It's a good thing Steve Tambellini didn't name his son Duncan. By now he might have a Chris Berman-caliber nickname like Duncan "Yo-Yo" Tambellini.
Ted Nolan said all the right things about the most recent demotion of the Islanders' not-so-next star forward:
“Jeff didn’t do anything wrong, but he needs to be on a top line to be effective. And with Ruslan coming back, we felt it would be best for Jeff to get those consistent minutes in Bridgeport for his development.” --newyorkislanders.comThe return of Fedotenko made it very convenient for Nolan to evaluate the situation this way. But doesn't a not-so-small part of you get the feeling that the coach has seen enough? More and more it seems like Nolan doesn't believe that Tambellini has what it takes to blossom in the NHL, or at the very least, under a Ted Nolan regime. And if he can't find the minutes to give Tambellini an extended look, then he obviously doesn't deserve the minutes. For what it's worth, I don't consider this recent five-game stretch an extended look.
If we are to assume that Nolan is going to be around for a while (seems like a safe assumption), and that Tambellini is unlikely to fit into Nolan's system, then it makes sense to convert Tambellini into another asset before he gets labeled as a marginal prospect. You can definitely get away with being 23 years old and in the AHL without losing your luster. But as each year passes and you haven't established yourself as a regular NHLer, words like fringe player start to surface.
I'd still love to see Tambellini develop into an exciting player for the Islanders. I hope I'm wrong and he really does need more consistent minutes at Bridgeport until the time is right to step into the Islanders lineup on a regular basis again. I just don't know how many more times we can watch him go up and down.
A couple of thoughts on last night's game...I spent the first 30 minutes of the game wondering why the Islanders never look dangerous or the least bit creative in the offensive zone. It seemed like no one was capable of making a move that created open space, a passing lane, or a path to the goal. I swear I see players on other teams to do this. They use their creativity and skill to create chances and make themselves difficult to contain. Even against a weak Coyotes team, albeit with improved goaltending, the Islanders once again seemed incapable of dazzling, or even amusing, anyone.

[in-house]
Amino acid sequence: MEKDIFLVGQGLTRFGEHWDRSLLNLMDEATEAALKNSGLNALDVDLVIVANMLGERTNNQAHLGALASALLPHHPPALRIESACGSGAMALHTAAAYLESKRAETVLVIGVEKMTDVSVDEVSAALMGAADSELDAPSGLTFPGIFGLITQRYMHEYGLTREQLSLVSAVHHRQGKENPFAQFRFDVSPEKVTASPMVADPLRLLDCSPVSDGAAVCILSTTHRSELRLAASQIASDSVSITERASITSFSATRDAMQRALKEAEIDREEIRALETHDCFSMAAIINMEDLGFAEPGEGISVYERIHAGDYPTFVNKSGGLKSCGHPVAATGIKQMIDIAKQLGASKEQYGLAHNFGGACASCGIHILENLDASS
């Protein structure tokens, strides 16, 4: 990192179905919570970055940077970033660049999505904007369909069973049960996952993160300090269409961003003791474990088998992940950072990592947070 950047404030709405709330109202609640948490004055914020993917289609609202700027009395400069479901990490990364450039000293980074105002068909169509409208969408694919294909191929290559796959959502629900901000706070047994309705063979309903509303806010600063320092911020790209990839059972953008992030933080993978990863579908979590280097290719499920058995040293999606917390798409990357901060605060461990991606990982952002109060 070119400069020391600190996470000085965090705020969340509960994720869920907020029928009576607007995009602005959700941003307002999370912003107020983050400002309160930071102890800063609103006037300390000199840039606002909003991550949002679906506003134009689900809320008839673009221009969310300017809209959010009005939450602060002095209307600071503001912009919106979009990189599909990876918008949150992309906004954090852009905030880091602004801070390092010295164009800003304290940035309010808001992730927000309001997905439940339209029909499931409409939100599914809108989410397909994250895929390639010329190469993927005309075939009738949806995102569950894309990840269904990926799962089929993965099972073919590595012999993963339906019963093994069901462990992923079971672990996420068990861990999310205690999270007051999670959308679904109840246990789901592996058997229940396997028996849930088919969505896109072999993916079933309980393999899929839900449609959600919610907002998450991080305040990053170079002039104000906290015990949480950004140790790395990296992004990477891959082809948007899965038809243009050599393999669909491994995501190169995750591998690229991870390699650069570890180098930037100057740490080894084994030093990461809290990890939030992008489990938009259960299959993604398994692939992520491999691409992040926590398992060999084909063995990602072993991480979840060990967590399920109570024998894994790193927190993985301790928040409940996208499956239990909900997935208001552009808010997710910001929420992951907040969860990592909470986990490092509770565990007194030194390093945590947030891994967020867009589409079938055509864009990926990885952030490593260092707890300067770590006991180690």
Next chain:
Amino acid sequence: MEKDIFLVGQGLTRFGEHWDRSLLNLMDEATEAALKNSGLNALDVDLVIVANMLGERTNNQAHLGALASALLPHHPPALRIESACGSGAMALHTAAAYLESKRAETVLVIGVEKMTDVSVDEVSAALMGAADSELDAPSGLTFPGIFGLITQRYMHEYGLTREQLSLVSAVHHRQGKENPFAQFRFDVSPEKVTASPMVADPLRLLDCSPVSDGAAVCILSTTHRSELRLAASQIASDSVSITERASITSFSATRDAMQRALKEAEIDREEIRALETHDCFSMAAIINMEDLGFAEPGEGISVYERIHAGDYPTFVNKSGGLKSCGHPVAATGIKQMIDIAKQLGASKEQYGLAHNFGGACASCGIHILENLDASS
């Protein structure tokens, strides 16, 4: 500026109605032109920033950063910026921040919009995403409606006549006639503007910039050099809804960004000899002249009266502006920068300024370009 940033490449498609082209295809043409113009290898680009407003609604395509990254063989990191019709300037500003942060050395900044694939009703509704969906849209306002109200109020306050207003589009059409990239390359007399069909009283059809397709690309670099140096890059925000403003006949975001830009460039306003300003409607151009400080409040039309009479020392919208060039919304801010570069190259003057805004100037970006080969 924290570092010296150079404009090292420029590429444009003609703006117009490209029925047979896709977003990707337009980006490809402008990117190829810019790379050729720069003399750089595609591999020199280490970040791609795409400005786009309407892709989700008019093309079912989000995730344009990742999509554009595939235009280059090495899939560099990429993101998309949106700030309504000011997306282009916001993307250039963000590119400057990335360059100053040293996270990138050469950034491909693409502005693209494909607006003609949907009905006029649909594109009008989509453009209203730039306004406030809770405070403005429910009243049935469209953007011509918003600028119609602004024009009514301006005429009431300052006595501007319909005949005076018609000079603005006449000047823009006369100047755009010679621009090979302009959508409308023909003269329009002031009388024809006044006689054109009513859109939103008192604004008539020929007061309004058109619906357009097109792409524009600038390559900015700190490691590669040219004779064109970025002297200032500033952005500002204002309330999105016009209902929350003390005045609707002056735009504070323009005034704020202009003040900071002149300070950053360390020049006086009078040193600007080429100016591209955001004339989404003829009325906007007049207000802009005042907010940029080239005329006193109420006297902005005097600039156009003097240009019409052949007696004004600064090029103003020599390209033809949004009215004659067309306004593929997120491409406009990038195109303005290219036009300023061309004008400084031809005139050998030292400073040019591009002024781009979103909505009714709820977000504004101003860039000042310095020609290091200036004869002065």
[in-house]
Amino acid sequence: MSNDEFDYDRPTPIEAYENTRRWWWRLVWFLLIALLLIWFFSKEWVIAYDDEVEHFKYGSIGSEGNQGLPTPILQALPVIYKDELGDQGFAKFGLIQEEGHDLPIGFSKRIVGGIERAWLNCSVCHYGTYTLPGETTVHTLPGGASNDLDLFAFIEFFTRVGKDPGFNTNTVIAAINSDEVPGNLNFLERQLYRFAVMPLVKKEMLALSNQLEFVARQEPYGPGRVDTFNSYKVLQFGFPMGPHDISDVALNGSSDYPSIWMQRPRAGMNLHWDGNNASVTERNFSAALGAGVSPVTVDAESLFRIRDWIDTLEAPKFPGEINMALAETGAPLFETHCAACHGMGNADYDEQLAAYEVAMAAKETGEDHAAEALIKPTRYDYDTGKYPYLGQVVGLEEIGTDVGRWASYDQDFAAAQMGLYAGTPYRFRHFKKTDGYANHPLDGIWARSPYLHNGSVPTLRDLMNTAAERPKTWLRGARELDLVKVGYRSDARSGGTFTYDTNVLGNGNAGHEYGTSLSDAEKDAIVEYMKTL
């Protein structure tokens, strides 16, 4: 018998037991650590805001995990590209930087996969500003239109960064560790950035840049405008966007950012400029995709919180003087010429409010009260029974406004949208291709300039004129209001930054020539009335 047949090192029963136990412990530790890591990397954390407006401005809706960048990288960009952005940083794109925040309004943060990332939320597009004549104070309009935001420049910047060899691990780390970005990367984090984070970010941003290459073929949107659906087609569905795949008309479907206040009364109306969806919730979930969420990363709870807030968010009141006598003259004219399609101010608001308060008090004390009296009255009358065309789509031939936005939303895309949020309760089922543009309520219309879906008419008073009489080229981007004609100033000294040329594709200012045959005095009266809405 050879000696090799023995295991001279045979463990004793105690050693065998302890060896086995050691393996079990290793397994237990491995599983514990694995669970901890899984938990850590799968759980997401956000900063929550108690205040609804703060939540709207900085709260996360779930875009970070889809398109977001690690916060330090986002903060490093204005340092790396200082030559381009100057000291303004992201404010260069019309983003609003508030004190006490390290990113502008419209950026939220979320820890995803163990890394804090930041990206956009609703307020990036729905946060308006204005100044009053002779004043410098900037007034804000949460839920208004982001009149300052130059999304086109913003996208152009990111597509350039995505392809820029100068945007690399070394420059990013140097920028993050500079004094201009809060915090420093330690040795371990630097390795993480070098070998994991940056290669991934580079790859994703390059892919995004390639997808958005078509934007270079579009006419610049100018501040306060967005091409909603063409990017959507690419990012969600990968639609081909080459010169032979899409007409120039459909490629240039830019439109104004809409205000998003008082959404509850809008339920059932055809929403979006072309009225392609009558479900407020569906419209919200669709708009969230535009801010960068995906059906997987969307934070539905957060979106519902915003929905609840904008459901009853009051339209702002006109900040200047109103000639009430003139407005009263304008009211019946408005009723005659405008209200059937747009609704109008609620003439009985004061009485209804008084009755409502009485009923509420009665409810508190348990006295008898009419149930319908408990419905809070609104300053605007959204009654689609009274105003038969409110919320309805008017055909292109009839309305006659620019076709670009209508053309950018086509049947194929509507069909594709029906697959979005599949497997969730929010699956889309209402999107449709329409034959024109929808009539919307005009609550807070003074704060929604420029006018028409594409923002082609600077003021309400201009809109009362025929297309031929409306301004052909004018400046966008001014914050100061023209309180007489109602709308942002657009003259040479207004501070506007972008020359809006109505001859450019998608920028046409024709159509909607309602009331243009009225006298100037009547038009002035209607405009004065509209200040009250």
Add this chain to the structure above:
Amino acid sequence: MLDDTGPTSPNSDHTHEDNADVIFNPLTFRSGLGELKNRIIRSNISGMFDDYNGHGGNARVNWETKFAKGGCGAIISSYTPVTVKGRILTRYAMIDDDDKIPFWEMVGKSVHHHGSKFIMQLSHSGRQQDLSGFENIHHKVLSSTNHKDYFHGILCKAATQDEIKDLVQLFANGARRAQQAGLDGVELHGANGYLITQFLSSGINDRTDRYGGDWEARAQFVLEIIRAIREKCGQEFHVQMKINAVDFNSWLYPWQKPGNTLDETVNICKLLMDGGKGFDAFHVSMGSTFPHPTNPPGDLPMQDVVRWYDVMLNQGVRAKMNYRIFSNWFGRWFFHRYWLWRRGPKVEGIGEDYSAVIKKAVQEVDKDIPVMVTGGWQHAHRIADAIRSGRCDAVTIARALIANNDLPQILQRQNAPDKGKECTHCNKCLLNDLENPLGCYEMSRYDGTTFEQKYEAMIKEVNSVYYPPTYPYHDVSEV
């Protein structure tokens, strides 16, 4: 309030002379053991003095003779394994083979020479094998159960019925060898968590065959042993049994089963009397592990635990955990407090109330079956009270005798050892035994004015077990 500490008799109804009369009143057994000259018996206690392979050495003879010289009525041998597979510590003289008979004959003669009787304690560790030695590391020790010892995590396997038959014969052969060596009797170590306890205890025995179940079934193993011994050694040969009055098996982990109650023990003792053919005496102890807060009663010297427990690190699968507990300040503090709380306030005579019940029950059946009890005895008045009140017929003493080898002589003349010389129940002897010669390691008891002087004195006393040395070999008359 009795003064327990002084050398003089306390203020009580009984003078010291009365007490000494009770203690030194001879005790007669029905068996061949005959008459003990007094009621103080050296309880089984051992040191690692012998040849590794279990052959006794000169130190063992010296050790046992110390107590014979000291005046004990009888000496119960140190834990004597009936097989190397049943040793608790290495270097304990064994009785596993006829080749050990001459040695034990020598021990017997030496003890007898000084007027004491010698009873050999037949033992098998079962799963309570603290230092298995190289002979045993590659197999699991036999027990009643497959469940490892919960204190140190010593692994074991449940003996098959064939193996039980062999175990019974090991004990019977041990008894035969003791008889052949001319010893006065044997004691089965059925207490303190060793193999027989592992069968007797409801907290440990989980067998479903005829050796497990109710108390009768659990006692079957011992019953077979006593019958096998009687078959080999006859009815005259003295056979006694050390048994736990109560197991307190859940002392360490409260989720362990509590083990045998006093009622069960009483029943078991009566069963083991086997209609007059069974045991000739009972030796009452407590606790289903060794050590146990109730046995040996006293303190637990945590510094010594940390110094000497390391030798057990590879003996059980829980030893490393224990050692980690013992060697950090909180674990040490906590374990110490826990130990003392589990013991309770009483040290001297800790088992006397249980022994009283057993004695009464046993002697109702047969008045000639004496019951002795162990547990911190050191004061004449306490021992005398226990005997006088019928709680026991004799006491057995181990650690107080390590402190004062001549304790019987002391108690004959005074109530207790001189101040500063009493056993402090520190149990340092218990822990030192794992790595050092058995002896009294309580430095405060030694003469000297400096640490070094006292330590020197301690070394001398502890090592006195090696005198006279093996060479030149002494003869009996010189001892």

Fortunately, Bill Guerin went to the net and got some clean-up goals (garbage goals sounds too negative), and Marc-Andre Bergeron found the far side with a cannon shot on the power play. Billy Jaffe enthusiastically pointed out how, in that instance, Bergeron did use his feet to create the open space necessary to make a play. Still, I'm in the corner with those who say a win is a win, but this was not a great win. I'll let the team take the positives out of it. I'm looking for something more convincing against the Penguins on Saturday night.
Update: The Ducks have traded Andy McDonald to the Blues for Doug Weight, Michal Birner, and a 7th rounder in 2008. It looks like the Ducks have cleared the necessary cap space for Scott Niedermayer to return without giving up Mathieu Schneider, Francois Beauchemin, or Corey Perry. That's not to say that McDonald wasn't a major contributor to the Ducks' Cup team, but any of those guys could have helped the Isles in a trade. Perhaps another one of them will become available if Teemu Selanne decides that he's not done yet either.